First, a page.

Justice Paul Williamson presided over the case, Skinnydipper Services Inc. v. City of Surrey and Laurie Cavan, heard in B.C. Supreme Court in Vancouver in 2007.

“For those who came of age in the 1960s, skinnydipping would hardly seem to be a threat to the moral fibre of western civilization,” Williamson wrote in his reasons for judgment. “Not so, however, for some of the good burghers of Surrey.”

Williamson had noted that the city cancelled the group’s rental permits soon after many in the community expressed their outrage to city employees of the day, threatening to boycott the pool.

“Not long after, on March 31, 2003, the Federation of Canadian Naturists, the group who had been renting the pool for late night private skinnydipping, received a letter from the City of Surrey stating that the Surrey Council had considered the matter at a closed council meeting, in itself rather odd in a democracy, and had affirmed the action of the staff in cancelling the pool rental agreement.”

The judge decided that “the decisions to cancel the nudist group’s permits and to decline to rent pool facilities to the petitioner are patently unreasonable.”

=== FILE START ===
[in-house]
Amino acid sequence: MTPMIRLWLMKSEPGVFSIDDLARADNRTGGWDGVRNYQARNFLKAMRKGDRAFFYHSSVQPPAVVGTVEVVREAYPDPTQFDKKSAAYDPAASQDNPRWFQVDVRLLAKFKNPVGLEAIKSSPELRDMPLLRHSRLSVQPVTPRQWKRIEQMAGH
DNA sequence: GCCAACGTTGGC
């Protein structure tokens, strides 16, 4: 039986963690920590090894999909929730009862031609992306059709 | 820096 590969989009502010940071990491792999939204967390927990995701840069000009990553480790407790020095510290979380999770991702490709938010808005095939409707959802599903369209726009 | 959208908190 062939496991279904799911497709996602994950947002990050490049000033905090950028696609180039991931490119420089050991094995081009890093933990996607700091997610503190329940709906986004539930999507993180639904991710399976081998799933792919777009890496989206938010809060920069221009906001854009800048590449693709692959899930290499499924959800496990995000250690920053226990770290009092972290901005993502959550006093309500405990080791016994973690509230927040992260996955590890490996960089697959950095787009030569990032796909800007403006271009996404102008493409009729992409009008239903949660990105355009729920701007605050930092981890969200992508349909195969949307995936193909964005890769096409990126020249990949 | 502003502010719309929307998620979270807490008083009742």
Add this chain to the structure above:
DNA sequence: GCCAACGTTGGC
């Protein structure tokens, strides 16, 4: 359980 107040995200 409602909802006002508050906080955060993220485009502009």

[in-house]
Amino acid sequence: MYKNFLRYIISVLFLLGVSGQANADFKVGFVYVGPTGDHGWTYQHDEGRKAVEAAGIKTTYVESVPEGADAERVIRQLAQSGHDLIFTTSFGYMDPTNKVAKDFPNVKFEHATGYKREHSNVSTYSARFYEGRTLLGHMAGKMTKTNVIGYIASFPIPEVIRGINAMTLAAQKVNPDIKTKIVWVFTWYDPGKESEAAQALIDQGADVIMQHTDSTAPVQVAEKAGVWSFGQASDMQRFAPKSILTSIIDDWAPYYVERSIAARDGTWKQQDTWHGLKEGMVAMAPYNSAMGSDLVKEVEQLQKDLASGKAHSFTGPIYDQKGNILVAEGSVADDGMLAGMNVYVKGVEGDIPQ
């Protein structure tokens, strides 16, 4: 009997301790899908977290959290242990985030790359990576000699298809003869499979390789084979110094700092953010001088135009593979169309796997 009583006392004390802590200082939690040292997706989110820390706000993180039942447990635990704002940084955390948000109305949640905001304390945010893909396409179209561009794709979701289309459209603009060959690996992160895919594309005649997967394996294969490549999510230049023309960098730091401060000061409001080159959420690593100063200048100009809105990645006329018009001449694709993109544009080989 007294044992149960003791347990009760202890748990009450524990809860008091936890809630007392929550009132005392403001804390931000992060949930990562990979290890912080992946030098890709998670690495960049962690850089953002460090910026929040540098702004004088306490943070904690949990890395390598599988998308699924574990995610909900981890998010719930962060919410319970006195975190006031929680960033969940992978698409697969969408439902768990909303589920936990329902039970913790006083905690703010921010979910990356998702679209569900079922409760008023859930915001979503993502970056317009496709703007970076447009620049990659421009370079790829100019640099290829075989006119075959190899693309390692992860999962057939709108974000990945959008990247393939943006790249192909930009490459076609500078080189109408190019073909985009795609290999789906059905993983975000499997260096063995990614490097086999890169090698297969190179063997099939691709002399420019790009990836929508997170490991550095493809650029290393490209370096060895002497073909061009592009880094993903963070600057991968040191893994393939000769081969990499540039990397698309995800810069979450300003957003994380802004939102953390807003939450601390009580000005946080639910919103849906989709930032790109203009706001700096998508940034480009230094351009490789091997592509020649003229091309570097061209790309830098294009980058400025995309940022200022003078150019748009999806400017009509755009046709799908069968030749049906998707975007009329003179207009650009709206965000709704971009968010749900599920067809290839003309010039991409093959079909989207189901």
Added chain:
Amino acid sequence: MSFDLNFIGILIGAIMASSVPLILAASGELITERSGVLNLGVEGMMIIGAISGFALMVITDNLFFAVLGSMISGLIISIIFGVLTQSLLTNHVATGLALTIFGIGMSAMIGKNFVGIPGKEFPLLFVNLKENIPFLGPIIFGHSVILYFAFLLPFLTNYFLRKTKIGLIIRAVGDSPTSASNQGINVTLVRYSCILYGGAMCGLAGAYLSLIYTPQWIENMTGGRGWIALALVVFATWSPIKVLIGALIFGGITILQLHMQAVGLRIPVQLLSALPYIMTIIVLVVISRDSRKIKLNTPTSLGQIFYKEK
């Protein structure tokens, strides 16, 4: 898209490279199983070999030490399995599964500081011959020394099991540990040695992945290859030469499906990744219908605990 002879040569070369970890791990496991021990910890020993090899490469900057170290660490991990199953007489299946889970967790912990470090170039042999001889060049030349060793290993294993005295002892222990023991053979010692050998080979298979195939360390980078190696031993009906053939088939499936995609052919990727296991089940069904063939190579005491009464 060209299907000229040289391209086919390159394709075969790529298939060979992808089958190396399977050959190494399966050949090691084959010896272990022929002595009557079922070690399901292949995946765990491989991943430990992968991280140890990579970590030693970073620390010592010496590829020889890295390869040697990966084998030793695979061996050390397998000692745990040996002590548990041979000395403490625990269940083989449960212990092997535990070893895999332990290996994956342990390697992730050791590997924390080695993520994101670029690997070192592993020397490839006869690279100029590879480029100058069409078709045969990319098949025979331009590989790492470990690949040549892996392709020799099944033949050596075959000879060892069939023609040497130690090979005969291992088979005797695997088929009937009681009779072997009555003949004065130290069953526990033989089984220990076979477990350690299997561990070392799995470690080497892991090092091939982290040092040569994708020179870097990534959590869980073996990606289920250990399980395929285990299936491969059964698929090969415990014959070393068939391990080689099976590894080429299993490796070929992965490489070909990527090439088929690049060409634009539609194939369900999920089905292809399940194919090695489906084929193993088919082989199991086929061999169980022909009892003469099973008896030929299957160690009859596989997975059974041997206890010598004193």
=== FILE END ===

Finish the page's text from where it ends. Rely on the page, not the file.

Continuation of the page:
Andreassen says the club requires membership to attend the swims. “We screen everyone, we take photo ID, we keep records on everyone that attends our event.”

None are anonymous, he said.

The city staff who do the life-guarding are not working in the buff, Andreassen noted.

“They are the same that lifeguard the public swims. Think about it, they are there for our safety and they have to be identifiable – they can’t just blend in to the crowd. Same thing at a public swim, they are wearing their official issued T-shirts and carrying their whistles and all that sort of thing. They are representing the City and everything is kept under control.”

Laurie Cavan, Surrey’s general manager of parks, recreation and culture, told the Now-Leader via email that the event is a “private function” and that the pool is rented to the organization after regular public swimming hours are finished for the day.

“The City of Surrey is complying with the court ruling that found it reasonable for civic pool facilities to be rented out privately for this purpose,” Cavan’s statement read.